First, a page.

Planetary scientists have been discussing Pluto for years, especially the two peaks towering above the dwarf planet’s surface. Some have speculated since 2015 that there could be an ice volcano on Pluto, spewing not lava but large amounts of ice. But no caldera or cauldron-like crater had ever been seen.
Now researchers say it’s not a single ice volcano, but the fusion of several ice volcanoes together. Researchers rely on a complete analysis of images and topographic data. This discovery reignited another debate: What could keep Pluto hot enough to support volcanic activity?
Located on the southern edge of a massive, heart-shaped ice sheet, these unusual surface features were first observed when NASA’s New Horizons spacecraft flew by in July 2015. That flight yielded the first close-up images of the former ice planet and its moons.
At the time, the glacial volcano seemed to be the least unusual explanation for these features. There were no craters near an asteroid or meteorite. Also, there was no evidence of plate tectonics, an important factor in the formation of mountains on Earth. However, Singer and her colleagues were careful not to call them volcanoes at the time. “This is theoretically possible, but there are not many other examples in the solar system. They all also look very different and do not resemble the features on Pluto.”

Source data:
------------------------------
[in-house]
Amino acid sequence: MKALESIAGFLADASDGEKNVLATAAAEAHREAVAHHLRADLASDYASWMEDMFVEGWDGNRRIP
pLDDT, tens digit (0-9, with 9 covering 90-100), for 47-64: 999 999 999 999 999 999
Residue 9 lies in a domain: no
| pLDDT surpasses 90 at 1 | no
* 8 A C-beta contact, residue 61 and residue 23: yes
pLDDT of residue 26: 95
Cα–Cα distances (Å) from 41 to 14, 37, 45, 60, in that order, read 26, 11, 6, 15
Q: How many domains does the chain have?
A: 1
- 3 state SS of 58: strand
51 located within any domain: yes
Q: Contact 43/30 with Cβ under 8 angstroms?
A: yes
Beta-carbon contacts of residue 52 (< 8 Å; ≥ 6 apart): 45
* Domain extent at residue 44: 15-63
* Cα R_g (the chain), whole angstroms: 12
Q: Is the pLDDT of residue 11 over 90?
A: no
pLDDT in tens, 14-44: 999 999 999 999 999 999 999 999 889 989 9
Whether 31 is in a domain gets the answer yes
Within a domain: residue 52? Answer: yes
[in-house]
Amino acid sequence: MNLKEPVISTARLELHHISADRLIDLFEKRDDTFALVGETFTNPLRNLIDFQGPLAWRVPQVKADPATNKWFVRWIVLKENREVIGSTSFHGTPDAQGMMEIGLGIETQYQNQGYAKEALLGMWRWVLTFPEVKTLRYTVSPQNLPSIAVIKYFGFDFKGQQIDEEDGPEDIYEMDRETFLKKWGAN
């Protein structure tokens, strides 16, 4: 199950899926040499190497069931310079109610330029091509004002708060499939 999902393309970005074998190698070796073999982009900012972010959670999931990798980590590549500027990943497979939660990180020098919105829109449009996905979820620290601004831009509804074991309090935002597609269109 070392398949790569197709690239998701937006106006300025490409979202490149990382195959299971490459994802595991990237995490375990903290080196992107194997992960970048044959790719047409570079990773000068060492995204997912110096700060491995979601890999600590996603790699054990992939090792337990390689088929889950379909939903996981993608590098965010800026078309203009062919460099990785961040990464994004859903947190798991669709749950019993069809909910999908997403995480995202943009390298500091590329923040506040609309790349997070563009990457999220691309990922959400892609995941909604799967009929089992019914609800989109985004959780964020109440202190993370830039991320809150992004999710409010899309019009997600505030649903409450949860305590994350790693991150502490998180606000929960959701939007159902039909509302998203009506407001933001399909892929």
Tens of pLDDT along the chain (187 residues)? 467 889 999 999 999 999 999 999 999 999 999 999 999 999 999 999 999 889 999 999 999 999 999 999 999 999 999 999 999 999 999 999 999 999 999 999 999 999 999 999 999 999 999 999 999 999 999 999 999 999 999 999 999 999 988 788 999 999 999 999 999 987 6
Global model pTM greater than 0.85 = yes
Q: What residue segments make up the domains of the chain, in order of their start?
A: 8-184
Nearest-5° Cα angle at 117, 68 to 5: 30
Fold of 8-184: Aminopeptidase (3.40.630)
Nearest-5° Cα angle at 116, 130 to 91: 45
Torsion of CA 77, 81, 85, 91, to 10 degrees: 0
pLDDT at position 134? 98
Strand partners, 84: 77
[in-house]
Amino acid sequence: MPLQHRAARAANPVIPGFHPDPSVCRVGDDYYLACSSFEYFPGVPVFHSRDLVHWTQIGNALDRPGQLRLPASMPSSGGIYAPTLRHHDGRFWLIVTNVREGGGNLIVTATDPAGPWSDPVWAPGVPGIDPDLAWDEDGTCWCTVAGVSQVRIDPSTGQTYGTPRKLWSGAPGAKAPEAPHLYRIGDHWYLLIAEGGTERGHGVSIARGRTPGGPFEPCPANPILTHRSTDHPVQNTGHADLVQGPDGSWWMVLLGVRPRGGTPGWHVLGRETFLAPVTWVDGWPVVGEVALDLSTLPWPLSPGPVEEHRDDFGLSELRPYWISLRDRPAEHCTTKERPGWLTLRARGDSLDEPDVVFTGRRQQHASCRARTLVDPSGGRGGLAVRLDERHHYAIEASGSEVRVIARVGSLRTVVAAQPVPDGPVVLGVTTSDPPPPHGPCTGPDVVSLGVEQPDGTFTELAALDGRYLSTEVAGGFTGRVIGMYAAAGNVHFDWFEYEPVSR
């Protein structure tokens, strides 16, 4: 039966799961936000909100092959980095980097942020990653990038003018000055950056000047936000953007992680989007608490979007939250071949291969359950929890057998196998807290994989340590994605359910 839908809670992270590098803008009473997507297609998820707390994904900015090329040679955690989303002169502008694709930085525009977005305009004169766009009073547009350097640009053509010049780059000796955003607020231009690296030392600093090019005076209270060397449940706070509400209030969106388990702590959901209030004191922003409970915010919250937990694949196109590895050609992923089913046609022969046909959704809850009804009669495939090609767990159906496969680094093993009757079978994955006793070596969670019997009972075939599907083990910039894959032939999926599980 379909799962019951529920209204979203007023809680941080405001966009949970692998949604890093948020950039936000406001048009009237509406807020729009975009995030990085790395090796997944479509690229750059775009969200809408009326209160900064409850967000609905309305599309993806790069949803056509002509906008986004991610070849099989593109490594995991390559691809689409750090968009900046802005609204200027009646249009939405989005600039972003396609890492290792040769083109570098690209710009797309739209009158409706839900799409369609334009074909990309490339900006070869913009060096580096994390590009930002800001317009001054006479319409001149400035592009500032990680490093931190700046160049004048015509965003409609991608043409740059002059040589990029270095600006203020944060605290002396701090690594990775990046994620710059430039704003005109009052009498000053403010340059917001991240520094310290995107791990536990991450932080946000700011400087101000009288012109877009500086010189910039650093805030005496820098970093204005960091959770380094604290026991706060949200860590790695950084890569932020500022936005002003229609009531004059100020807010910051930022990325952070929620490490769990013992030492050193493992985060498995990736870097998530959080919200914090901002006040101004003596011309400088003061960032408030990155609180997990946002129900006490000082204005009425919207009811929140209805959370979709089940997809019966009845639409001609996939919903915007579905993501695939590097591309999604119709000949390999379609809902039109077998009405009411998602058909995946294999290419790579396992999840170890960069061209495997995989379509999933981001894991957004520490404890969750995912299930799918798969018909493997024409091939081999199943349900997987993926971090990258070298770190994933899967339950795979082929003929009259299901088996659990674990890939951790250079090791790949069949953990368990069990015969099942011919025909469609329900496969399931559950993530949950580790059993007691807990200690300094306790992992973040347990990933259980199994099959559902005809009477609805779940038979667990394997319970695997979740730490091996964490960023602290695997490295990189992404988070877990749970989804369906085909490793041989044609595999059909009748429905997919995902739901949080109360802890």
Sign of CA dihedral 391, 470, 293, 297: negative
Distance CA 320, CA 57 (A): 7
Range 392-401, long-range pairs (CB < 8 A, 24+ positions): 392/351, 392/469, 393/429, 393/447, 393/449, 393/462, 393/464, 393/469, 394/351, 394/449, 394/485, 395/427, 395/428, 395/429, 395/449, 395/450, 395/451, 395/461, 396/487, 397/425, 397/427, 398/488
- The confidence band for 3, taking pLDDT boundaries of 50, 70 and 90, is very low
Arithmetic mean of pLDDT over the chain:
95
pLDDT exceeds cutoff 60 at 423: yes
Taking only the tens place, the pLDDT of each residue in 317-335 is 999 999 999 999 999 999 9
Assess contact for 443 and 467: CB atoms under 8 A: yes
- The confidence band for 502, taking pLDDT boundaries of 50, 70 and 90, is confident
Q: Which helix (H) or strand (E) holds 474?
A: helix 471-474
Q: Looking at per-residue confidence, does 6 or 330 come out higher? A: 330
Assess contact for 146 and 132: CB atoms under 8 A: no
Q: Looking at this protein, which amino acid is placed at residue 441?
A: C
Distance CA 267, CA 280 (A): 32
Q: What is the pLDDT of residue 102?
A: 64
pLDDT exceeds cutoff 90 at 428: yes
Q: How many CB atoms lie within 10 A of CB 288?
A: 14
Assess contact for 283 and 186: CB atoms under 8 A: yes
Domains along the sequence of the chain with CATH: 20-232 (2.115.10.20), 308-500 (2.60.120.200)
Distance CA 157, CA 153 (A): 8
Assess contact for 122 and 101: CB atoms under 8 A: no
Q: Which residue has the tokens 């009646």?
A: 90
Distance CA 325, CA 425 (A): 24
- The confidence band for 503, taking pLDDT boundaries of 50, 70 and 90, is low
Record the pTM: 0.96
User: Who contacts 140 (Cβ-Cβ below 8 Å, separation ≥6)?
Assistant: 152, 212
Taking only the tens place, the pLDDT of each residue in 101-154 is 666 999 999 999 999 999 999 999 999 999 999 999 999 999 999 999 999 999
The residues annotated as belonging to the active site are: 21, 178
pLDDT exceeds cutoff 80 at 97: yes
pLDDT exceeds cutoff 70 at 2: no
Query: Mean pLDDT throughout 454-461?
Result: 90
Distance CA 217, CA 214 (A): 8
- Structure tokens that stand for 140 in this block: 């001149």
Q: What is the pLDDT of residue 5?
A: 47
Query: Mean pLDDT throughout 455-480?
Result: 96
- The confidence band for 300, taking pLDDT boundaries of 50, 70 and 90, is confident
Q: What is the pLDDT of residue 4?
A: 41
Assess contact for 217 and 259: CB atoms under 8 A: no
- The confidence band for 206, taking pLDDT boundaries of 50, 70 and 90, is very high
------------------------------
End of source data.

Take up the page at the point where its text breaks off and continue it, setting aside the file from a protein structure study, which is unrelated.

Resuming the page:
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Different from those on Earth
Since those first images in 2015, more have been added, along with formation and topography data. These images have been meticulously analyzed. Taken together, the team concluded that these unusual features are in fact volcanoes, although their appearance and behavior are very different from those on Earth.
“If you look at Mount Fuji or any of the volcanoes in Hawaii from a distance, they look like big, wide, smooth volcanoes, but that’s not what we see on Pluto,” Singer said. Her findings were published in the journal Nature Communications.
From the compositional data, researchers suggest that the material that these volcanoes are made of is mainly water ice. Singer’s team also suspects that the material cannot be a liquid because it is too cold for the dwarf planet. “Pluto’s average surface temperature is about 40 K (-233 degrees Celsius),” says Singer. She says that due to the extremely low temperatures, ice volcanoes are very surprising. According to her, matter cannot be movable at all. This may indicate that Pluto’s rocky core is much warmer than expected. And that the heat energy released in the radioactive decay of some of its elements is somehow retained and released periodically, causing a volcanic eruption.”
Singer honestly admits that she and her team don’t have much information about what’s going on under Pluto’s surface. “But this forces people to come up with creative ideas about how ice volcanoes come about.” She also says that the old idea that Pluto is just an inert ball of ice seems increasingly unlikely.
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